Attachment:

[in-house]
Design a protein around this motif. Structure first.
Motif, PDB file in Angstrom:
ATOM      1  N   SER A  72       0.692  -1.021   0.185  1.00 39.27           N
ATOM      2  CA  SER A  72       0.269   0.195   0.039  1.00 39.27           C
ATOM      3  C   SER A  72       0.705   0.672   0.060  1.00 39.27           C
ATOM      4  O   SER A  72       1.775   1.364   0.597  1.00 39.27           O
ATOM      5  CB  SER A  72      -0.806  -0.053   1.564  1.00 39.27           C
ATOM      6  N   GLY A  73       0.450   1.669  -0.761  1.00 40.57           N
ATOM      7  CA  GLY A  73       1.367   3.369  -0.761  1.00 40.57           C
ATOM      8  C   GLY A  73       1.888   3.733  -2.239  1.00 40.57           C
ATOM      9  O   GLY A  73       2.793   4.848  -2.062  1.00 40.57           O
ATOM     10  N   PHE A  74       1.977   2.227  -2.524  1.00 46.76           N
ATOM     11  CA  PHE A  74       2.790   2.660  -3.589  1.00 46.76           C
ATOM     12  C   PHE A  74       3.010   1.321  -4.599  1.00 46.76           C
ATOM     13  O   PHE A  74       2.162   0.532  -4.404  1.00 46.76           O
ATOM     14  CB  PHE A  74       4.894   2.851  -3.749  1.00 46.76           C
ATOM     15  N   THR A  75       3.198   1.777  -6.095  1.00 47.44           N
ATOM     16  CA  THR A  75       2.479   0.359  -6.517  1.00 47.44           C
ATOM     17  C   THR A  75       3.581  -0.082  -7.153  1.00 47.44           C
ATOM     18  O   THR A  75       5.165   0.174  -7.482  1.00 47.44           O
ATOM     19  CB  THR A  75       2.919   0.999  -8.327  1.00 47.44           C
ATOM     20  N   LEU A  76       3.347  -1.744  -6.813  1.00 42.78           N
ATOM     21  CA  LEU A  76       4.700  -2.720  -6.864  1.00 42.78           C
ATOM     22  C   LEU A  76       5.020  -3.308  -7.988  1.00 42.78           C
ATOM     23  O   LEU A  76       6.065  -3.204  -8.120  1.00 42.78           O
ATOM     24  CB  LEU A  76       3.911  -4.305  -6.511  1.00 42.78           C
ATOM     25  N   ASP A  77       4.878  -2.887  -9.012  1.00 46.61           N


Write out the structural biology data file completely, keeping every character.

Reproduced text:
[in-house]
Design a protein around this motif. Structure first.
Motif, PDB file in Angstrom:
ATOM      1  N   SER A  72       0.692  -1.021   0.185  1.00 39.27           N
ATOM      2  CA  SER A  72       0.269   0.195   0.039  1.00 39.27           C
ATOM      3  C   SER A  72       0.705   0.672   0.060  1.00 39.27           C
ATOM      4  O   SER A  72       1.775   1.364   0.597  1.00 39.27           O
ATOM      5  CB  SER A  72      -0.806  -0.053   1.564  1.00 39.27           C
ATOM      6  N   GLY A  73       0.450   1.669  -0.761  1.00 40.57           N
ATOM      7  CA  GLY A  73       1.367   3.369  -0.761  1.00 40.57           C
ATOM      8  C   GLY A  73       1.888   3.733  -2.239  1.00 40.57           C
ATOM      9  O   GLY A  73       2.793   4.848  -2.062  1.00 40.57           O
ATOM     10  N   PHE A  74       1.977   2.227  -2.524  1.00 46.76           N
ATOM     11  CA  PHE A  74       2.790   2.660  -3.589  1.00 46.76           C
ATOM     12  C   PHE A  74       3.010   1.321  -4.599  1.00 46.76           C
ATOM     13  O   PHE A  74       2.162   0.532  -4.404  1.00 46.76           O
ATOM     14  CB  PHE A  74       4.894   2.851  -3.749  1.00 46.76           C
ATOM     15  N   THR A  75       3.198   1.777  -6.095  1.00 47.44           N
ATOM     16  CA  THR A  75       2.479   0.359  -6.517  1.00 47.44           C
ATOM     17  C   THR A  75       3.581  -0.082  -7.153  1.00 47.44           C
ATOM     18  O   THR A  75       5.165   0.174  -7.482  1.00 47.44           O
ATOM     19  CB  THR A  75       2.919   0.999  -8.327  1.00 47.44           C
ATOM     20  N   LEU A  76       3.347  -1.744  -6.813  1.00 42.78           N
ATOM     21  CA  LEU A  76       4.700  -2.720  -6.864  1.00 42.78           C
ATOM     22  C   LEU A  76       5.020  -3.308  -7.988  1.00 42.78           C
ATOM     23  O   LEU A  76       6.065  -3.204  -8.120  1.00 42.78           O
ATOM     24  CB  LEU A  76       3.911  -4.305  -6.511  1.00 42.78           C
ATOM     25  N   ASP A  77       4.878  -2.887  -9.012  1.00 46.61           N